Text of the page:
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    Author(s): Eric J. GustafsonBrian R. Miranda; Arjan M.G. De Bruijn; Brian R. Sturtevant; Mark E. Kubiske
    Date: 2017
    Source: Environmental Modelling & Software
    Publication Series: Scientific Journal (JRNL)
    Station: Northern Research Station
    PDF: Download Publication  (2.0 MB)


    Forest landscape models (FLM) are increasingly used to project the effects of climate change on forested landscapes, yet most use phenomenological approaches with untested assumptions about future forest dynamics. We used a FLM that relies on first principles to mechanistically simulate growth (LANDIS-II with PnET-Succession) to systematically explore how landscapes composed of tree species with various life history traits respond to individual climate and abiotic drivers. Moderate temperature rise (+3 °C) concurrent with rising CO2 concentration increased net photosynthesis of cohorts, but decreased biomass production because of increased maintenance respiration costs. However, an increase of 6 °C decreased both photosynthesis and biomass production, regardless of species optimal temperature. Increasing precipitation generally increased photosynthesis and biomass. Reduced cloudiness had a positive effect on photosynthesis and biomass, but much less than the other treatment factors. Our study informs expectations for the outcome of modeling studies that project forest futures under climate change.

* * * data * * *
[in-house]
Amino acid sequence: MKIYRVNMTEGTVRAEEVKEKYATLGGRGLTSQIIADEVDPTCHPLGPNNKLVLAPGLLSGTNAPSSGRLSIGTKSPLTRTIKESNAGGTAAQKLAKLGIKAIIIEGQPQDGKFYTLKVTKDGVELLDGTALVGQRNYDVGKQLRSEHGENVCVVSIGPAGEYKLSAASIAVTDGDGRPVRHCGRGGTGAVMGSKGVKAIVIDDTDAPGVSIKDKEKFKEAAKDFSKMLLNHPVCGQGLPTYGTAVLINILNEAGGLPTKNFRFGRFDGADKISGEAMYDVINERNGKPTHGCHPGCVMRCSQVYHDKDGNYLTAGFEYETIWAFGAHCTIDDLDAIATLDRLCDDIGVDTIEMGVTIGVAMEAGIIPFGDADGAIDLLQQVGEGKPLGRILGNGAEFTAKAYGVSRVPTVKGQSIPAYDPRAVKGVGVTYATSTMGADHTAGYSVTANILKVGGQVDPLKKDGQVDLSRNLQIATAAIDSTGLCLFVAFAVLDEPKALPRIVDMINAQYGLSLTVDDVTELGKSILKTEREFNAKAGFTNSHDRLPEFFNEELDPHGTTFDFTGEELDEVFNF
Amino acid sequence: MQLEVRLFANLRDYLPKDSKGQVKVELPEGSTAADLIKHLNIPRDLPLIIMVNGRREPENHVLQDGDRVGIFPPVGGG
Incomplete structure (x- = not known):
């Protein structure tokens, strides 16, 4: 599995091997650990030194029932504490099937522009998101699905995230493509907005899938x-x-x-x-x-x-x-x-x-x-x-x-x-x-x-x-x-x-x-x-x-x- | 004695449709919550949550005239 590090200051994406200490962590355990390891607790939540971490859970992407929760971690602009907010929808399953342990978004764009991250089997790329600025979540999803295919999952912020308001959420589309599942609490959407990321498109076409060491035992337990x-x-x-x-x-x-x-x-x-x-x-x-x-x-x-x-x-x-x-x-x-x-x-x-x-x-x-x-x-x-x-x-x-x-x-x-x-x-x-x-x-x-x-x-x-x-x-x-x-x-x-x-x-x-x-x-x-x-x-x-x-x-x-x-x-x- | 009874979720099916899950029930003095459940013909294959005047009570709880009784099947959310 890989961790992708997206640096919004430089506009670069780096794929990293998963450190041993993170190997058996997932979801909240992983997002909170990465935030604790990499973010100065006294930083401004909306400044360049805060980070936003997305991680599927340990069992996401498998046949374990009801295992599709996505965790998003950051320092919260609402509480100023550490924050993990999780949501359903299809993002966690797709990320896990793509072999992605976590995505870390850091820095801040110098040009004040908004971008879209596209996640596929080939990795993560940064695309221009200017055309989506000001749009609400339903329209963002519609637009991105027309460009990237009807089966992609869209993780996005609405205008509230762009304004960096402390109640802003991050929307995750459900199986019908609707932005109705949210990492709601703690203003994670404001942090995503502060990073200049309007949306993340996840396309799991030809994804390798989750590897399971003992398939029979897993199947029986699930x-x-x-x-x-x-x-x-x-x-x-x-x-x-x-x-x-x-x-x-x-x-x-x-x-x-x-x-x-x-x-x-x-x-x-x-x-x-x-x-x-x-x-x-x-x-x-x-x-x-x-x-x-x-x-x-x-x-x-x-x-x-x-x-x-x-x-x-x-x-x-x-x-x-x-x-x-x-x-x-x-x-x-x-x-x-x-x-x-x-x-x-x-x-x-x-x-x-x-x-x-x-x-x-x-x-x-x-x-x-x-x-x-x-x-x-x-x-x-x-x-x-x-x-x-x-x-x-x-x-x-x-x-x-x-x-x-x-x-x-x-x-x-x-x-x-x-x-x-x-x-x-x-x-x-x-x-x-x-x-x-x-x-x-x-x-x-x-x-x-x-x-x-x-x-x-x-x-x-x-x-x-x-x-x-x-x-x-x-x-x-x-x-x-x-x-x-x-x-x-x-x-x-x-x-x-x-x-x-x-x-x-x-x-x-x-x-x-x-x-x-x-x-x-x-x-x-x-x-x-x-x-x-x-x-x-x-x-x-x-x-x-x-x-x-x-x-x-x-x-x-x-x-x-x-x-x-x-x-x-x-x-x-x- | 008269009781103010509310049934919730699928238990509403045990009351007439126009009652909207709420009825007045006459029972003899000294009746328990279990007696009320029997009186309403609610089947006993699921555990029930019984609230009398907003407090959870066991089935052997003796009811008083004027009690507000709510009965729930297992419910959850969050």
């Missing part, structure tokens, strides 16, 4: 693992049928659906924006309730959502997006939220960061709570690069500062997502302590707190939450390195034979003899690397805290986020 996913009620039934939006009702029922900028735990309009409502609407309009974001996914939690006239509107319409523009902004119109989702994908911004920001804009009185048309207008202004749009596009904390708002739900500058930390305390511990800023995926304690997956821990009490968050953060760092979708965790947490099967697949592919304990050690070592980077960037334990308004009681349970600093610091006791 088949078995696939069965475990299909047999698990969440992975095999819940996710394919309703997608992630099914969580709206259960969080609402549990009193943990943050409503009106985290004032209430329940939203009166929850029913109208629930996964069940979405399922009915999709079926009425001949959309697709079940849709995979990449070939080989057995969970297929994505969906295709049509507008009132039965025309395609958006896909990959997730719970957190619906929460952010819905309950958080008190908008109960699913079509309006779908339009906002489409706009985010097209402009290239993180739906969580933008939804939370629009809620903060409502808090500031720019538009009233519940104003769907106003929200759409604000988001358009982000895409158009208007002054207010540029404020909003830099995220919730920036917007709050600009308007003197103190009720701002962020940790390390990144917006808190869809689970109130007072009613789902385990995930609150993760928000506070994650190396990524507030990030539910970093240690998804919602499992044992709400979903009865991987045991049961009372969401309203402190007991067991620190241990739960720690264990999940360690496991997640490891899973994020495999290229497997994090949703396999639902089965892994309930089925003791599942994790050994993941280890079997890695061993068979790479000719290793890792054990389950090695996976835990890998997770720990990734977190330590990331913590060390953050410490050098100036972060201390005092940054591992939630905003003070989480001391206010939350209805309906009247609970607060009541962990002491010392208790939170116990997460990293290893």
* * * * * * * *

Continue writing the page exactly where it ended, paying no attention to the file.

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    Gustafson, Eric J.; Miranda, Brian R.; De Bruijn, Arjan M.G.; Sturtevant, Brian R.; Kubiske, Mark E. 2017. Do rising temperatures always increase forest productivity? Interacting effects of temperature, precipitation, cloudiness and soil texture on tree species growth and competition. Environmental Modelling & Software. 97: 171-183.


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    Climate change, Temperature stress, Drought, Elevated CO2, Cloudiness, Soil water, Forest succession, Mechanistic landscape model, LANDIS-II, PnET-Succession

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